Further study

While I’ve not read the whole thing and won’t vouch for every argument made, an intelligent and insightful paper looks more extensively at the similarities between Gnosticism and Christian Fundamentalism. Fundies who review it may the discussion of Gnosticism strangely familiar.

Christian College and Sanctified Sadism


Christian College

Summer is ending and fall nears. Teachers assemble and arrange lesson plans and accompanying materials. Students pack their bags and resign to another year at Fundy U. For some, it’s more looking forward to seeing friends again. For others, it is a sentence to an institutional existence, one designed to stunt maturation by removing any basis for responsibility.

Where You’ll Go

Be their destiny Pensacola Christian, West Coast Baptist, Maranatha Baptist University, Snob Clones or some other equally contentious College contender for the faith, these youths can expect that all their decisions will be made for them. Presented as a policy to cultivate maturity, this is in fact a recipe for the opposite.

What You’ll Hear

In mandatory classrooms, chapel homilies and church services, youths will hear, implicitly or explicitly, that America’s wars are holy wars and God requires their support. They will hear that the best calling for women is to marry a good man and serve him well as a faithful wife and mother. They will hear that Christians are under attack on all sides, that science is not to be trusted, and that authority is not to be questioned.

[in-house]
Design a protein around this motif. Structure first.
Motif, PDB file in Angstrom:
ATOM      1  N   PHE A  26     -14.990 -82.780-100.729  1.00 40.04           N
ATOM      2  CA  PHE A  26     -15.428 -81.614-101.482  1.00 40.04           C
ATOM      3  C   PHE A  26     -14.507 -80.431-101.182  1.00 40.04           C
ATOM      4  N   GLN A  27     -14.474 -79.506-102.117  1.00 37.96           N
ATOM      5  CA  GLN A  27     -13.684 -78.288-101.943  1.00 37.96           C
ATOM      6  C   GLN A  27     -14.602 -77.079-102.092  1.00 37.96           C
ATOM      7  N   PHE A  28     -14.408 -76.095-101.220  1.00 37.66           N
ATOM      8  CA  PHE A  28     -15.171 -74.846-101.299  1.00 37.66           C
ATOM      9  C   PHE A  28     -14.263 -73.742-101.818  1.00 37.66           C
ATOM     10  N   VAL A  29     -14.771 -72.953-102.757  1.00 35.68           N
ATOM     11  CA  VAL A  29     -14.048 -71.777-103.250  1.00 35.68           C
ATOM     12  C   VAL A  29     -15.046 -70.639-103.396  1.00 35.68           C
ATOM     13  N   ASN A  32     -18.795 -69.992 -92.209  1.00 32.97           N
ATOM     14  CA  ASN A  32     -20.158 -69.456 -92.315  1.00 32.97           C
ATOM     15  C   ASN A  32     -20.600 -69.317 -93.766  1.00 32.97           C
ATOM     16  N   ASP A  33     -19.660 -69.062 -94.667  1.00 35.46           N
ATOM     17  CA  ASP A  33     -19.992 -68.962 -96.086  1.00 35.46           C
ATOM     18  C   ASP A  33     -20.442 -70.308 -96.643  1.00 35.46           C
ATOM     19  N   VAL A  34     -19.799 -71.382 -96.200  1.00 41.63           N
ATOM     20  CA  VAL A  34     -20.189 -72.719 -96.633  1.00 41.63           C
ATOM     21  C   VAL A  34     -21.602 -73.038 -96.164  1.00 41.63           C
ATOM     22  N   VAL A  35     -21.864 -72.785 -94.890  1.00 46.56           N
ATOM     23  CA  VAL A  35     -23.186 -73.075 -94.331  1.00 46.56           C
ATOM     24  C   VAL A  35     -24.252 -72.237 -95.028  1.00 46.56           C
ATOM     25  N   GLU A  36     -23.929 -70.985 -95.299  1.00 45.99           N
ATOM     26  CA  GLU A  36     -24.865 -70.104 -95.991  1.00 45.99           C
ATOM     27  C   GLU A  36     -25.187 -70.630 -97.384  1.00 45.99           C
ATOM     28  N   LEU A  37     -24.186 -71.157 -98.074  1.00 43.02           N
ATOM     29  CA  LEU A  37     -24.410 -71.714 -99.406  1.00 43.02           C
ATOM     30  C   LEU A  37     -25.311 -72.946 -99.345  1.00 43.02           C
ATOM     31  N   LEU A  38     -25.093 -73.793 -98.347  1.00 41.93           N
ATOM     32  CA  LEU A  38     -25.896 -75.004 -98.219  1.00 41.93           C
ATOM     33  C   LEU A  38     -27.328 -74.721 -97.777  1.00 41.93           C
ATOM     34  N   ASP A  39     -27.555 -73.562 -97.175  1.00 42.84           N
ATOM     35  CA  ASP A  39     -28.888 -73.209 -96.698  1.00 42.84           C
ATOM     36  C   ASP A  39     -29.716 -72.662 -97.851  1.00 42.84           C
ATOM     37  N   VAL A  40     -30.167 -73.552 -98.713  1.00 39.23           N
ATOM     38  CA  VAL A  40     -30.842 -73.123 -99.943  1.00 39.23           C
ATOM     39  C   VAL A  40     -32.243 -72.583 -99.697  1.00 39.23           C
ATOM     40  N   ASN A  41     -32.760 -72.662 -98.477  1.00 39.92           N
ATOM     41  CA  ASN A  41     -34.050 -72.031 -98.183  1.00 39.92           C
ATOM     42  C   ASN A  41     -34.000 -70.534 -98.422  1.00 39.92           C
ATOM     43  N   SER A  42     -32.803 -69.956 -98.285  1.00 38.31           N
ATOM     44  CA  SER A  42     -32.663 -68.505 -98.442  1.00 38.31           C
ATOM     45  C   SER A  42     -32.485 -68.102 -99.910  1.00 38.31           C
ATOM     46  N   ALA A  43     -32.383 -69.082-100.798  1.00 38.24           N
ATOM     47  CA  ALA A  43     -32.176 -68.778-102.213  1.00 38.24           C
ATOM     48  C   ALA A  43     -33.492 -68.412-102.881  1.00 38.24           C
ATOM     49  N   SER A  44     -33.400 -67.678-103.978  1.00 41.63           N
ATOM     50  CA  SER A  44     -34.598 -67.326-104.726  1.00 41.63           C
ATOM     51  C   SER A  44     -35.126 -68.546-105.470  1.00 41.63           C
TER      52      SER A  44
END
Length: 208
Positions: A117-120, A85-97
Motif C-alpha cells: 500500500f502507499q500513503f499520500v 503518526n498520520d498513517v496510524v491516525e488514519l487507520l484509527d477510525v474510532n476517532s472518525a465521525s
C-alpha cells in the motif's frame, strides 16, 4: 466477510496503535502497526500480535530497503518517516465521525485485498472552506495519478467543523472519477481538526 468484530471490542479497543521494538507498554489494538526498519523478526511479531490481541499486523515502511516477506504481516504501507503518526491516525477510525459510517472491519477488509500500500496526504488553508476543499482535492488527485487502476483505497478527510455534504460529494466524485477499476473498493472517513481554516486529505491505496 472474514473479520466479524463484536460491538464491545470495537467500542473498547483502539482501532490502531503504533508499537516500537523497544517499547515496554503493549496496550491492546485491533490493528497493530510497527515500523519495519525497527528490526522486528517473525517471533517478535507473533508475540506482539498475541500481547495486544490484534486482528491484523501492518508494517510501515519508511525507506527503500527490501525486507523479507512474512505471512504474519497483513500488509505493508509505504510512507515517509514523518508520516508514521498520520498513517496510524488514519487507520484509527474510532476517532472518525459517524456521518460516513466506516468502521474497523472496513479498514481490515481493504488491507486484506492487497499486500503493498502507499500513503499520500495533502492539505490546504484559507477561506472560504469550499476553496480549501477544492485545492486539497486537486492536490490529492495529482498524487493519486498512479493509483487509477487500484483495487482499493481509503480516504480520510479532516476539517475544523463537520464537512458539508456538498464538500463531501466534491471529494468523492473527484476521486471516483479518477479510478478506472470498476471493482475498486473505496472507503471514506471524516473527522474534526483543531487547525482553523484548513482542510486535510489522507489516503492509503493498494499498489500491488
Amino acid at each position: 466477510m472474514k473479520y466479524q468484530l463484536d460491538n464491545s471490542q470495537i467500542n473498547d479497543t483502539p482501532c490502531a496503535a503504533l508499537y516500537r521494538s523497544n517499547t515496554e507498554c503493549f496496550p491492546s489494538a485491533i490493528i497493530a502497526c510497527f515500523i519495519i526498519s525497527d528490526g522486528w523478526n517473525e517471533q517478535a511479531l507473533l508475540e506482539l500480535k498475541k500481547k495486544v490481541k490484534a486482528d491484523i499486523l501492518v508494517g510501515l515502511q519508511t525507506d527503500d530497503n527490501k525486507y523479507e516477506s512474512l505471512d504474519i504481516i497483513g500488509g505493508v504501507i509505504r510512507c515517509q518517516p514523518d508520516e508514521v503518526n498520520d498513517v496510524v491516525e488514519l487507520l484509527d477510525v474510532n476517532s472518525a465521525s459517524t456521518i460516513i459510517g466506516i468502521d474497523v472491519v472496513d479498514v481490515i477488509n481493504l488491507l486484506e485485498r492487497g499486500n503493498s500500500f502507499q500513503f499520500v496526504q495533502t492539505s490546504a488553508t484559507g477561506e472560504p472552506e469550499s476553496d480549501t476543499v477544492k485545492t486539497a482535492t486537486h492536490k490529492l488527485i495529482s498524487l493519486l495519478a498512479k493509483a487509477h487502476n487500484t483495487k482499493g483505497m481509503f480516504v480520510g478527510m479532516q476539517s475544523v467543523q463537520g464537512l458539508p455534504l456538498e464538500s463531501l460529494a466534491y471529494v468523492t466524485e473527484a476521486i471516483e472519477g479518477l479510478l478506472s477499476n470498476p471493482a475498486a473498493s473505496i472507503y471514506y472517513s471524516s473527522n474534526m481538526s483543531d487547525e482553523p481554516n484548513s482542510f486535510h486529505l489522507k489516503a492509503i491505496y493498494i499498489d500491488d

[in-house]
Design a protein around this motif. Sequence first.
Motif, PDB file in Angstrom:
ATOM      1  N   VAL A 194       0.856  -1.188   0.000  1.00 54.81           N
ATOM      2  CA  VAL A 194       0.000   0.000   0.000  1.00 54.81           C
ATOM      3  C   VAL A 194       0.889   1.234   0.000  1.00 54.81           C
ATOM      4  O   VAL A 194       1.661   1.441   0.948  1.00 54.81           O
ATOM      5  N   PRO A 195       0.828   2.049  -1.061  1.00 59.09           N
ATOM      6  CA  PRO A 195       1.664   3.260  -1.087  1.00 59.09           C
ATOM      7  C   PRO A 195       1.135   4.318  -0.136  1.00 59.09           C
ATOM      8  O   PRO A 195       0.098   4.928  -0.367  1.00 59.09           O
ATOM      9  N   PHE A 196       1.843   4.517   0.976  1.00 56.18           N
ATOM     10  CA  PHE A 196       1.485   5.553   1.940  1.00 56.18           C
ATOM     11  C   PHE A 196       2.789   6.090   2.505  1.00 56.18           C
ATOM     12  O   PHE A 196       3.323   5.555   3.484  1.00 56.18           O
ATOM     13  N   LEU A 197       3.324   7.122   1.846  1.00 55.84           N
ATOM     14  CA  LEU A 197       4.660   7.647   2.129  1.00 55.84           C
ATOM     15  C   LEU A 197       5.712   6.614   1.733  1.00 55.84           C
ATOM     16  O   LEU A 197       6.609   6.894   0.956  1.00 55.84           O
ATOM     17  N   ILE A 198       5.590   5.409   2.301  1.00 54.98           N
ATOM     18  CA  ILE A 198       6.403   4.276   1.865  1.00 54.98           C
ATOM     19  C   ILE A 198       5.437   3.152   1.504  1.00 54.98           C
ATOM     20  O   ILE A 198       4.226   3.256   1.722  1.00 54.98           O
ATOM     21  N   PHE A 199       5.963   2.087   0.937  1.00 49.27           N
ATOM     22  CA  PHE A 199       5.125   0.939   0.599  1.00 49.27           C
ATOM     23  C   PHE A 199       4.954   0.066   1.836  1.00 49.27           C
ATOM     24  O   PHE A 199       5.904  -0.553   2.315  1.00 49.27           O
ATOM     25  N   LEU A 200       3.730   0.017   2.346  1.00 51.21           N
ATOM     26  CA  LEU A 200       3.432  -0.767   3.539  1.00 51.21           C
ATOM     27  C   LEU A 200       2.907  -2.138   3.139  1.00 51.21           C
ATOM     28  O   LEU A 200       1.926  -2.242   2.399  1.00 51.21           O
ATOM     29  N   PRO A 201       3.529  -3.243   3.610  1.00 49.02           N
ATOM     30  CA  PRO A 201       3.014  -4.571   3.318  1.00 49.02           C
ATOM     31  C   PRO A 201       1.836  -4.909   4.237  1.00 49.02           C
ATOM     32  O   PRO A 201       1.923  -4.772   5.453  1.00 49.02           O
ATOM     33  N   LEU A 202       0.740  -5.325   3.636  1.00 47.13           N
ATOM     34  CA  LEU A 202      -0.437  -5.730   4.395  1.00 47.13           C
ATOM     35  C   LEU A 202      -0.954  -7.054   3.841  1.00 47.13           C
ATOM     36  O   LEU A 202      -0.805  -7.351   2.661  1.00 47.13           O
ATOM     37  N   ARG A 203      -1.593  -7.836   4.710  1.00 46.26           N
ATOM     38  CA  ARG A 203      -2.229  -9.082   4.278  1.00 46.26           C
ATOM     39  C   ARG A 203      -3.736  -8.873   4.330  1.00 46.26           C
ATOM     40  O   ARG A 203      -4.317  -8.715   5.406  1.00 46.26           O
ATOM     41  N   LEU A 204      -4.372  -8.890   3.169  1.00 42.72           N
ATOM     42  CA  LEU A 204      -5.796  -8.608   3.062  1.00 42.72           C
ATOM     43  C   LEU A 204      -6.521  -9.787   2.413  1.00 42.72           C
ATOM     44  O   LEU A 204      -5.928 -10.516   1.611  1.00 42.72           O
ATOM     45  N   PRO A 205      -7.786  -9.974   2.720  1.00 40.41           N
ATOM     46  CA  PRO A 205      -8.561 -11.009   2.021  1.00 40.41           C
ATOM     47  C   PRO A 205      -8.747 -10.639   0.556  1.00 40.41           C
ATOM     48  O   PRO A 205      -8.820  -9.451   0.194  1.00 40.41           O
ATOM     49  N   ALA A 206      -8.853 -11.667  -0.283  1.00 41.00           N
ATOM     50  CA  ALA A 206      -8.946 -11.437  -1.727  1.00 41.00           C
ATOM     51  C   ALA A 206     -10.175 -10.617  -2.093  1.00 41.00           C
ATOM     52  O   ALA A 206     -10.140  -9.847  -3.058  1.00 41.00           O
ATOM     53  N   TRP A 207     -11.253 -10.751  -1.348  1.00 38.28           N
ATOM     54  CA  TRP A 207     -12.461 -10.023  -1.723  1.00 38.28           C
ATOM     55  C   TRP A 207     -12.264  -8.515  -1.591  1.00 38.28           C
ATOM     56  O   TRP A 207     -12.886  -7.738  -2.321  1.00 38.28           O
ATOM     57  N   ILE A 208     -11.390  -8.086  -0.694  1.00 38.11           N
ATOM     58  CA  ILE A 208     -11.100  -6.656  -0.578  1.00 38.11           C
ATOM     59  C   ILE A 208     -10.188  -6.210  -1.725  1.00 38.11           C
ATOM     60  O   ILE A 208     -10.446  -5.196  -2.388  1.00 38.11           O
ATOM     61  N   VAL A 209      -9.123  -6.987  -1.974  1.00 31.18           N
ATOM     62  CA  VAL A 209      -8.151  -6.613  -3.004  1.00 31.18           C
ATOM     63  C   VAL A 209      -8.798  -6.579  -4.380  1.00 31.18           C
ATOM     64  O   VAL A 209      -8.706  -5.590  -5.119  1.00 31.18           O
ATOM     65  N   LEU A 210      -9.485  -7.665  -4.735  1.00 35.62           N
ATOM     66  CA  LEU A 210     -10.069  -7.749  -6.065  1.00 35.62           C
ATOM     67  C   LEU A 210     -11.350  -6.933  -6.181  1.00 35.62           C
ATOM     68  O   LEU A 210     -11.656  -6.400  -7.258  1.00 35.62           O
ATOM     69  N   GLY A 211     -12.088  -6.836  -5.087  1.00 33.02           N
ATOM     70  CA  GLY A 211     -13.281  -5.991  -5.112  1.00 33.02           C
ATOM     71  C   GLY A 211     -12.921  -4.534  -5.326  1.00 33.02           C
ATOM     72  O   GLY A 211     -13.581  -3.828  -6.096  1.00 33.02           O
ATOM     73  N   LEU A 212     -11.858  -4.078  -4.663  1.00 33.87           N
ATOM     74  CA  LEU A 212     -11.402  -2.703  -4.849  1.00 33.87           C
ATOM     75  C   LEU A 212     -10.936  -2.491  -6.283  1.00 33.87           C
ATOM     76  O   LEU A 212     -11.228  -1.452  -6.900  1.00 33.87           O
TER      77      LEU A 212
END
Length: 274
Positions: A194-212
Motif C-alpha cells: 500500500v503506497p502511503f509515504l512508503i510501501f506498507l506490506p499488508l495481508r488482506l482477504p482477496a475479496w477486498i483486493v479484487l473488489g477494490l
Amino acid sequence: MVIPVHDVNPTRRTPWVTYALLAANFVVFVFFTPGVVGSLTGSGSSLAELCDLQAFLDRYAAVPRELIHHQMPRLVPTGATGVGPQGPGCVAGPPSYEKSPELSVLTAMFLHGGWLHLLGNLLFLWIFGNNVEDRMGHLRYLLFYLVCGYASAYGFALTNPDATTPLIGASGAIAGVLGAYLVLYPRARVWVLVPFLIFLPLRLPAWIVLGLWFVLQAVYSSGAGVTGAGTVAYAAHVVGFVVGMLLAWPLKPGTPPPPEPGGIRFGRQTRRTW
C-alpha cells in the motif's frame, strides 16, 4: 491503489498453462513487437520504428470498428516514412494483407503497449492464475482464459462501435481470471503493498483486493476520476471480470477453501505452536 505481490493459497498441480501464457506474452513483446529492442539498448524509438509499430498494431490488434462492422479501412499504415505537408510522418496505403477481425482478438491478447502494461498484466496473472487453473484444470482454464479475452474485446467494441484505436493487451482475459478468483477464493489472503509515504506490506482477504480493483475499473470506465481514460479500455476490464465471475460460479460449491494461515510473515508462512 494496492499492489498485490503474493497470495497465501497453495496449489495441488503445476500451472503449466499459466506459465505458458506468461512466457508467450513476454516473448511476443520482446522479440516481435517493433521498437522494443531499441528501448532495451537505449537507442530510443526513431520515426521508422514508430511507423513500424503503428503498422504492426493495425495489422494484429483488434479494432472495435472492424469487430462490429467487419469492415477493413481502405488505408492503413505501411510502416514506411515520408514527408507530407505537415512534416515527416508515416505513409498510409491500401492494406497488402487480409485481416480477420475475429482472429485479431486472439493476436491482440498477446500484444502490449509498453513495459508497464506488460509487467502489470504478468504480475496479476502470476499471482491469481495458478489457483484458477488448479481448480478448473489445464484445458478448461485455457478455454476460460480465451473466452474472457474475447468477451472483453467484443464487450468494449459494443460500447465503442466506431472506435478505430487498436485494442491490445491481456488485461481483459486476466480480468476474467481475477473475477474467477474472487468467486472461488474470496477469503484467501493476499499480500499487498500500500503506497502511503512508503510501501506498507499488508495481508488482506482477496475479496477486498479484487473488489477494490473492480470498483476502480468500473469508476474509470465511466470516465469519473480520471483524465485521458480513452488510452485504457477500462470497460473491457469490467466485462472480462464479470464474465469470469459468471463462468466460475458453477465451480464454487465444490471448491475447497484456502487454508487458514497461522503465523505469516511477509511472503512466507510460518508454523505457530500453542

Whether by direct instruction, by practice, or by both, it will be clear that dissent is not tolerated. They will know that they should be the vanguard of the most right-wing, regressive causes in the land. Some will witness young people being recruited for Cesar’s legions. They will receive status and they will be elevated for emulation by all.

What You Won’t Hear

But students will not hear of the intersection of power and corruption. And if that intersection is named at all, it will be in connection with causes the board and administrative arm of such schools deemed to be anti-Christian, un-American, left-wing, radical, and more. They will not hear that corruption and power meet in the law enforcement community.

What You’ll Do

powerBut some will question. Some will read Os Guinness’ quote. Some will land in disciplinary hearings for infractions of rules which are not Biblical, but which reflect someone’s idea of what being Biblical might look like or mean.

Others won’t question; but they will see through the superficial rationales, the pathetic, self-serving explanations, the self-gratifying power-trips of room spies and administration lackeys and the sheer superficiality of practices which pay endless lip-service to grace and faith while inwardly dying for any lack of connection with the Spirit.

What Happens Then

Some will quit on faith. They will go through the motions, say what must be said to remain in the community, and on graduation turn their back not only on all they heard, but on faith itself. Some will go deeper, and will emerge from that process with a faith deeper, wiser and certainly more gracious than the finest faculty professions. Others will walk away but come back many years later, demonstrating that the best efforts of ‘Christian institutions’ to eradicate student faith may come to naught.

Have a good year!